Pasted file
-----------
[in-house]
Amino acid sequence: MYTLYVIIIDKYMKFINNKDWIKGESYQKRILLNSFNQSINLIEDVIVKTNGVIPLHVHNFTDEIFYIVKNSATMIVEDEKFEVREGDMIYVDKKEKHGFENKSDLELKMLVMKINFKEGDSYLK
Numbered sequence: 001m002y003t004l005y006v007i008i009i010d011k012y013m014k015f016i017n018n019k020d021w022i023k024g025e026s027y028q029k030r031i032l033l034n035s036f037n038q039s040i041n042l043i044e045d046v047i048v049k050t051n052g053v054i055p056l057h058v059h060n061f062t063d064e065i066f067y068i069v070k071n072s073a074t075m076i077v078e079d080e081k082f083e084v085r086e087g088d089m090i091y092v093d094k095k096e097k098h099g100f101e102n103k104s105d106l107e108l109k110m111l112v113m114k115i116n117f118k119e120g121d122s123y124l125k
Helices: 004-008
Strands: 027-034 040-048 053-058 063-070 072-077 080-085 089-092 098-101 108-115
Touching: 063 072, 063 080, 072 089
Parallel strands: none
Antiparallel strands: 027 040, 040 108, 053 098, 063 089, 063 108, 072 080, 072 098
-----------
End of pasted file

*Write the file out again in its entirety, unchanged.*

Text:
[in-house]
Amino acid sequence: MYTLYVIIIDKYMKFINNKDWIKGESYQKRILLNSFNQSINLIEDVIVKTNGVIPLHVHNFTDEIFYIVKNSATMIVEDEKFEVREGDMIYVDKKEKHGFENKSDLELKMLVMKINFKEGDSYLK
Numbered sequence: 001m002y003t004l005y006v007i008i009i010d011k012y013m014k015f016i017n018n019k020d021w022i023k024g025e026s027y028q029k030r031i032l033l034n035s036f037n038q039s040i041n042l043i044e045d046v047i048v049k050t051n052g053v054i055p056l057h058v059h060n061f062t063d064e065i066f067y068i069v070k071n072s073a074t075m076i077v078e079d080e081k082f083e084v085r086e087g088d089m090i091y092v093d094k095k096e097k098h099g100f101e102n103k104s105d106l107e108l109k110m111l112v113m114k115i116n117f118k119e120g121d122s123y124l125k
Helices: 004-008
Strands: 027-034 040-048 053-058 063-070 072-077 080-085 089-092 098-101 108-115
Touching: 063 072, 063 080, 072 089
Parallel strands: none
Antiparallel strands: 027 040, 040 108, 053 098, 063 089, 063 108, 072 080, 072 098